• Tue. Nov 29th, 2022

To help! Uber, Bolt, ride to Lagos

ByElla E. Kidwell

Oct 7, 2022

By Lawrence Enyoghasu

Some Taxi drivers in Lagos have cried out for help as their business’ dwindling fortunes.

They say three factors contributed to their misfortunes. These include the low fees charged by Uber and Bolt drivers, the alleged decision of some Lagos property managers not to allow yellow taxis access to their estates, and the rise in their fees followed by the recent introduction of “Lagos Ride” by Lagos State. government.

They claim that unless something is done urgently by government transport authorities to ease their suffering, they could be out of business sooner rather than later. In the past, they were considered the lord of the manor, the holder of the knife and the yam tuber, when it comes to walks in the city of Lagos. They figured out how much you paid and how far they could go with you. Either you took their prize or you left it. For many passengers, their fees seemed exorbitant and unreasonable. But they cared little about your feeling or your opinion. You had a choice to either pay the fee they gave you or look for other ways to find your way around Lagos.

Nature of change

This is no longer the case. The entry of the Uber service in Lagos in 2014, followed by Bolt two years later in 2016, simply shook up their business. Now, the recent introduction of the Lagos Ride by the Lagos State government has ended up worsening their plight. Hence their call for urgent aid and immediate relief. These men who in the past led the taxi business were mostly government pensioners. They either circled their cars to be painted the yellow color of taxis, which they then put into service, or they used hire-purchase cars to earn a living.

According to John Ademiluwa, Chairman of Good Morning Taxi Park, Alimosho, Lagos, the taxi industry has been primarily affected by the government’s inability or lack of foresight to come up with a ‘development support policy’ for taxi drivers. He said: “I started in 1999. At that time things were better because customers (passengers/customers) used taxis a lot. We used to use the color of Jakande in the past. It’s yellow. When Fashola arrived, he introduced a new taxi system. Things were still going well. There were different taxis in town then introduced by politicians. It included the metro and the blue taxi. But when the competition got tough, some people gave up. Then people came to research our operations. We gladly gave them the information they were looking for. I believe it was this information that gave birth to the Uber and Bolt transportation systems. We weren’t charging as low as they do now. Our problem was compounded by some estate agents who blocked us from entering their areas. Because of this, no one wanted to get into the yellow taxi anymore. I can even say that this decision first affected us before these taxi companies, Uber and Bolt, came to town.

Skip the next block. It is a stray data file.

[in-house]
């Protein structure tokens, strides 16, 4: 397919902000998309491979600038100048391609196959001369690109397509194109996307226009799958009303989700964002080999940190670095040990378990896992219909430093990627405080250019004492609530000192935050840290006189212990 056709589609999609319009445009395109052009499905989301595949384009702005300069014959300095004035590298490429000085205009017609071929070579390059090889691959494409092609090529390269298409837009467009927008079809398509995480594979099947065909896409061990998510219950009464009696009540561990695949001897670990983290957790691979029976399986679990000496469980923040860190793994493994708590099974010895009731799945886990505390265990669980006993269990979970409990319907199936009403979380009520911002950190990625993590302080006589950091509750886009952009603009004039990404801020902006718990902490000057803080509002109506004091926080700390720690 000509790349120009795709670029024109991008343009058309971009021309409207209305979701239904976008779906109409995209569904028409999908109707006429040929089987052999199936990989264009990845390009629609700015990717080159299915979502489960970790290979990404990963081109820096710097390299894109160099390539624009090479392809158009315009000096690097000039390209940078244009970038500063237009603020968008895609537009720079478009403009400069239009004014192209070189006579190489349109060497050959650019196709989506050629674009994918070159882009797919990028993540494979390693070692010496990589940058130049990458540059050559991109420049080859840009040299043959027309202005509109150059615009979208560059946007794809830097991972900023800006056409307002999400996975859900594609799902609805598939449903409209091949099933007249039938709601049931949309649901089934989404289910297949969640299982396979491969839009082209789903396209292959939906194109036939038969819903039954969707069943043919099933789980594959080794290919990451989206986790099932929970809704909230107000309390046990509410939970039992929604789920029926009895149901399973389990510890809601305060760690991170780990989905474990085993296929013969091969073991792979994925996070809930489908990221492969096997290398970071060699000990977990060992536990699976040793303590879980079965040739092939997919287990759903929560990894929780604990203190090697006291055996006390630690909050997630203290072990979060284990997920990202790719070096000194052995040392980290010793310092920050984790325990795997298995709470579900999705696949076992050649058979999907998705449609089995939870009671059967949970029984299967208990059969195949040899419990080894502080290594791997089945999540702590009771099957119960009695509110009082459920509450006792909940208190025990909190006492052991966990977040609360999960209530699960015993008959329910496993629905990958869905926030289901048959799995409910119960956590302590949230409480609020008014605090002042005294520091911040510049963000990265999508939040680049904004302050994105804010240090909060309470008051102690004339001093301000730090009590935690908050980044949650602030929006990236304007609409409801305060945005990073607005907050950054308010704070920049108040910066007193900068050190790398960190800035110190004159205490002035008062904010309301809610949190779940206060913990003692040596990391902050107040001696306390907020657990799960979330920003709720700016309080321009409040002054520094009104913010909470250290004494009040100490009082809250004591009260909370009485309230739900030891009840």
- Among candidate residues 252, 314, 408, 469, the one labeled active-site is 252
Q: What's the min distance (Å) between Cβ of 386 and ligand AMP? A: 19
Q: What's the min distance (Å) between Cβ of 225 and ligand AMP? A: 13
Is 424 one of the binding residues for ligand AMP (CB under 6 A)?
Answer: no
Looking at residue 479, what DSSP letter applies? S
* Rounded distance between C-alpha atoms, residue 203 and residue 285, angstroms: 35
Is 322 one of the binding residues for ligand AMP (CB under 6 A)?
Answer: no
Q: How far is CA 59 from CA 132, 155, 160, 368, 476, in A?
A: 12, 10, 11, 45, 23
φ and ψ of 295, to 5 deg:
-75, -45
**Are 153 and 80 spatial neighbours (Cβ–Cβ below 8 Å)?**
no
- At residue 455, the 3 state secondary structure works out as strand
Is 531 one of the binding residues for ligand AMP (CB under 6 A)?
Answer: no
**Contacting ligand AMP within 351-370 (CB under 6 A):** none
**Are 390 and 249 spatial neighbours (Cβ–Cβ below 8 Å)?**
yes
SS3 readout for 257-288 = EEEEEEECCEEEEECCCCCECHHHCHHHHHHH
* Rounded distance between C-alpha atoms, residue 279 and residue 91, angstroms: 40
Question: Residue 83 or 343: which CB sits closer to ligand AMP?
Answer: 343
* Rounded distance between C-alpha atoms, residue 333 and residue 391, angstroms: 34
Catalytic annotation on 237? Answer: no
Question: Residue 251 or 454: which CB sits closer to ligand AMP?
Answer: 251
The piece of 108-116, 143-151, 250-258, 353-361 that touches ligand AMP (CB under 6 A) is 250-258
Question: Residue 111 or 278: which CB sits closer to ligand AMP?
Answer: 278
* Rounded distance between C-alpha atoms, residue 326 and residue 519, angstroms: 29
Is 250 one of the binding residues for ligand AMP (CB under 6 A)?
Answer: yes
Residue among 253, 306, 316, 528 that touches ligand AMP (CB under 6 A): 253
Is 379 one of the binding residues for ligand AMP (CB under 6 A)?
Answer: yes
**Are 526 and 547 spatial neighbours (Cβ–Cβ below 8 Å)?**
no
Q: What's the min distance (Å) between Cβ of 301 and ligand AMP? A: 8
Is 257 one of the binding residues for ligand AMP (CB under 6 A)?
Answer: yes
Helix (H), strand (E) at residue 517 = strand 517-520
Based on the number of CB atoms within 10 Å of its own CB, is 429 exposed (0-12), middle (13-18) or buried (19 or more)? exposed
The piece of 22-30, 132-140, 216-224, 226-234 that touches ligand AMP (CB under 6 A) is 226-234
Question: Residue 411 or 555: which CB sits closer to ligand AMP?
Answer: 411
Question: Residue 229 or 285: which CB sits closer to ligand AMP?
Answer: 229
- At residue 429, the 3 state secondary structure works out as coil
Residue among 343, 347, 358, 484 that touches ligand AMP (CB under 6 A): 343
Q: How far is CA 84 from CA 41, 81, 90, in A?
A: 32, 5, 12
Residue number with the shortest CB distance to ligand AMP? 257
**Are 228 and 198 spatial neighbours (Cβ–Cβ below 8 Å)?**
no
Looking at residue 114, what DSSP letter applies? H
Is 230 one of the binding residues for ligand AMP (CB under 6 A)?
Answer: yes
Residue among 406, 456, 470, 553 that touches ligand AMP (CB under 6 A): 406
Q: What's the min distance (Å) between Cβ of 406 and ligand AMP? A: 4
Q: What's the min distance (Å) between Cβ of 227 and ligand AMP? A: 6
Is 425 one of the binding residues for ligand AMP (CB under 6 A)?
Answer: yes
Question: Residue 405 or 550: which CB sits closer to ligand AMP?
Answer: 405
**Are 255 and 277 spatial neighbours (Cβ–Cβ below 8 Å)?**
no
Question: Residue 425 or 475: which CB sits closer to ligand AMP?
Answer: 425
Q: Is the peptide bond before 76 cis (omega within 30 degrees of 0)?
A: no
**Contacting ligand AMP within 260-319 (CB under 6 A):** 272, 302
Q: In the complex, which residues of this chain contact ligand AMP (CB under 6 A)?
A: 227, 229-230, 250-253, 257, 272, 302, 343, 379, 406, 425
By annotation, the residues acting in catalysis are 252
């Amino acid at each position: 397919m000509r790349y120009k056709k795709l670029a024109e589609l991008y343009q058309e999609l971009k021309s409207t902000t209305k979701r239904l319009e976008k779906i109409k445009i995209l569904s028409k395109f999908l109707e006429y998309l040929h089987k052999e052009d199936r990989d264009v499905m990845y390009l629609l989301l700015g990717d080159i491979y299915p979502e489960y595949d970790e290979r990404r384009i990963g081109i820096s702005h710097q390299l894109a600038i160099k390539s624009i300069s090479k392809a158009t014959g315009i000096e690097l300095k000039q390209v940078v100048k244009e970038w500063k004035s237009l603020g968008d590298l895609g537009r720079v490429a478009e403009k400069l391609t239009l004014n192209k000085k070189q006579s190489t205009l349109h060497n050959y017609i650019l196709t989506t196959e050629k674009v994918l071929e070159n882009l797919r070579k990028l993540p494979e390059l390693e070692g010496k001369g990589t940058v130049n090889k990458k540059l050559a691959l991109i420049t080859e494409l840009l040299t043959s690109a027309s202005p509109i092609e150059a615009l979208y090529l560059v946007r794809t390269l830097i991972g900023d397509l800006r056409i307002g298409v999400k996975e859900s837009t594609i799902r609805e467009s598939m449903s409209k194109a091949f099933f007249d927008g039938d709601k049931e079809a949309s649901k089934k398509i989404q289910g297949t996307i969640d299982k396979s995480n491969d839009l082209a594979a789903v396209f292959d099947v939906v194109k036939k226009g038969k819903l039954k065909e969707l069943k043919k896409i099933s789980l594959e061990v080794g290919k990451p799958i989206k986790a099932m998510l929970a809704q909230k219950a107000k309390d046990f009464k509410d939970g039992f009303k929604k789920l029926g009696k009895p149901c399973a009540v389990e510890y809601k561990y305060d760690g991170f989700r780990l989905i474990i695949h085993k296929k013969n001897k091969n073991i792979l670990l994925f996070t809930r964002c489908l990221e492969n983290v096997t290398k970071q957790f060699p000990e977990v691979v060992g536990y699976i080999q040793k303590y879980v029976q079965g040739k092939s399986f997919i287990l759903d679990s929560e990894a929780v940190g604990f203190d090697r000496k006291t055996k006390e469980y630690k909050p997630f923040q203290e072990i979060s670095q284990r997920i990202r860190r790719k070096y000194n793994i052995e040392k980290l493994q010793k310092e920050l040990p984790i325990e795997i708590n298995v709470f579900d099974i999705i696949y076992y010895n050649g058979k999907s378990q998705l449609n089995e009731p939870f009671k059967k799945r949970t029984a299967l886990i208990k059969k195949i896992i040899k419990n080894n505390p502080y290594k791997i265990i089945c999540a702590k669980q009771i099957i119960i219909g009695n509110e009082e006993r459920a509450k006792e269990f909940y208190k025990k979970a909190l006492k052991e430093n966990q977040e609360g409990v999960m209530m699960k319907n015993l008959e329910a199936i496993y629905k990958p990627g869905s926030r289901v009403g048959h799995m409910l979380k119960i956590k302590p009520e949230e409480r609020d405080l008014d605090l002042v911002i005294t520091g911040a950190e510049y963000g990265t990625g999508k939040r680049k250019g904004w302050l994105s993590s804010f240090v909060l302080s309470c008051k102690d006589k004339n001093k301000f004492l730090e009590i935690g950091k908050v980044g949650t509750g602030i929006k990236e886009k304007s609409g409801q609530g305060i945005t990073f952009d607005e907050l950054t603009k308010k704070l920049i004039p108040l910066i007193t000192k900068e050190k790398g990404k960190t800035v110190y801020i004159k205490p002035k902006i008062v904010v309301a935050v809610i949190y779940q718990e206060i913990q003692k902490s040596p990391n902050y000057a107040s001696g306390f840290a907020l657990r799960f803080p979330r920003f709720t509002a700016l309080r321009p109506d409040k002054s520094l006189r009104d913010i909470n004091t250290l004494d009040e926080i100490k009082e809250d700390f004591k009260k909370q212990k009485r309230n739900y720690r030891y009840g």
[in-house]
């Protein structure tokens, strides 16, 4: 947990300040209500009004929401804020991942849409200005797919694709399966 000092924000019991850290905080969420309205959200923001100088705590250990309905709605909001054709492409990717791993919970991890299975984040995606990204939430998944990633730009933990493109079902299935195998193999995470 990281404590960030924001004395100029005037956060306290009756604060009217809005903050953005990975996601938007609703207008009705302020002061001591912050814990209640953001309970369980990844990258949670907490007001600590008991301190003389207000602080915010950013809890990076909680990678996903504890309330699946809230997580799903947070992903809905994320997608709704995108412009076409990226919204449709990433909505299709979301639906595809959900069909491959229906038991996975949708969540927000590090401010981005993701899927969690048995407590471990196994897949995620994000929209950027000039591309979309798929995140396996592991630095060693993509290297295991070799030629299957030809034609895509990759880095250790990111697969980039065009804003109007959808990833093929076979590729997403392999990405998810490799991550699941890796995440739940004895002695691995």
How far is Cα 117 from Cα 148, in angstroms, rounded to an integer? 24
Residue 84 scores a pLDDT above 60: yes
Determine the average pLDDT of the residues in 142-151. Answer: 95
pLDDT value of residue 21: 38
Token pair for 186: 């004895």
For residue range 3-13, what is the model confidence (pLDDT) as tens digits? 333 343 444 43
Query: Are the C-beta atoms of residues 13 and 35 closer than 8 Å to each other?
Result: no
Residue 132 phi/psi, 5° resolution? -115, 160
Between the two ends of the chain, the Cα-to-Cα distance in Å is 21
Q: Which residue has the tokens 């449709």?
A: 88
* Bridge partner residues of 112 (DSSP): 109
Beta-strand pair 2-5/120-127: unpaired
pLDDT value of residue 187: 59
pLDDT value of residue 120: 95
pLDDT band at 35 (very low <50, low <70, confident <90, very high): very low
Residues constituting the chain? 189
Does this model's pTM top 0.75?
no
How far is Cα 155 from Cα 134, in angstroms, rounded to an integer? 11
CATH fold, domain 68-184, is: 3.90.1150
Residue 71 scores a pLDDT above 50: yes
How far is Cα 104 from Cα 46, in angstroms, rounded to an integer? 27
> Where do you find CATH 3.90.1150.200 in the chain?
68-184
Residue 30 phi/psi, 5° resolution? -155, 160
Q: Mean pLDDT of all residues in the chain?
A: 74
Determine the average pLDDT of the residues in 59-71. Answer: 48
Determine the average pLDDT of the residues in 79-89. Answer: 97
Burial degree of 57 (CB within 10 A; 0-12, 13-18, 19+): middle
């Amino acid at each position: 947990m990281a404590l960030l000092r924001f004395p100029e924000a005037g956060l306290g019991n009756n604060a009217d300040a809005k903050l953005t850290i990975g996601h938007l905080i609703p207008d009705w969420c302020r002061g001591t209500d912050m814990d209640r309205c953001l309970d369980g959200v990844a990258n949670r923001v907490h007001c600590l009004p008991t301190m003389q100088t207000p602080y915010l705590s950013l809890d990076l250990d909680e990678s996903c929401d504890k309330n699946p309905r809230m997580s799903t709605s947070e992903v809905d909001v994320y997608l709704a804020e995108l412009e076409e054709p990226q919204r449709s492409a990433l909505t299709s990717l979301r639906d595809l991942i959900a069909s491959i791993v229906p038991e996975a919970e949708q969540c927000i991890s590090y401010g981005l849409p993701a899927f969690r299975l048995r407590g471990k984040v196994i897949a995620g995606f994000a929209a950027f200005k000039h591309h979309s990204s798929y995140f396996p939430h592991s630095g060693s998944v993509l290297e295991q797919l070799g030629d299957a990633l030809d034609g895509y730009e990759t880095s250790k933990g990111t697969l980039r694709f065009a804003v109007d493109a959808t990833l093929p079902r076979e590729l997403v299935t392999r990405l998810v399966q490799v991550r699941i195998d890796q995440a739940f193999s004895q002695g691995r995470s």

But he insisted their woes were compounded by the introduction of Lagos Ride which he said is even more expensive than the services they, the taxi drivers, offer. He said: “The association and the government are still negotiating.” He informed that although the competition seems to be stiff for him and his ilk with the entry of these three giant taxi companies, “I still have passengers who frequent me. There’s a customer who wouldn’t use Uber until I was free. Still, he said he would refuse to back down from the harsh truth. He confessed: “Business is very bad now. I have to pay a certain amount while supporting my family. The problem we have has been compounded by politicians after their pockets. At my age, if I choose to do business with Lagos Ride, when will I finish paying for a car that costs 7 million naira? The government deceives us because we pay association and individual taxes to the government. But these taxi service companies only pay taxes as a company and not as individual drivers.

Role of government

Adebayo Dopemu, a retired military officer, agreed with Ademiluwa on what he said was a dual role played by the government. He insisted that the government is after its own interest to collect taxes and not after the development of taxi drivers. He was also full of lamentations when he recalled his own experience: “I joined the company after retiring as a soldier. I started working because I didn’t want to stay at home waiting for my pension. One thing I can say is that unlike those other companies, Uber, Bolt and Lagos Ride, there is no security on this job. You provide security yourself. If a passenger approaches me, I’ll have to watch what they say. From there, I would know what kind of person he is before doing business with him.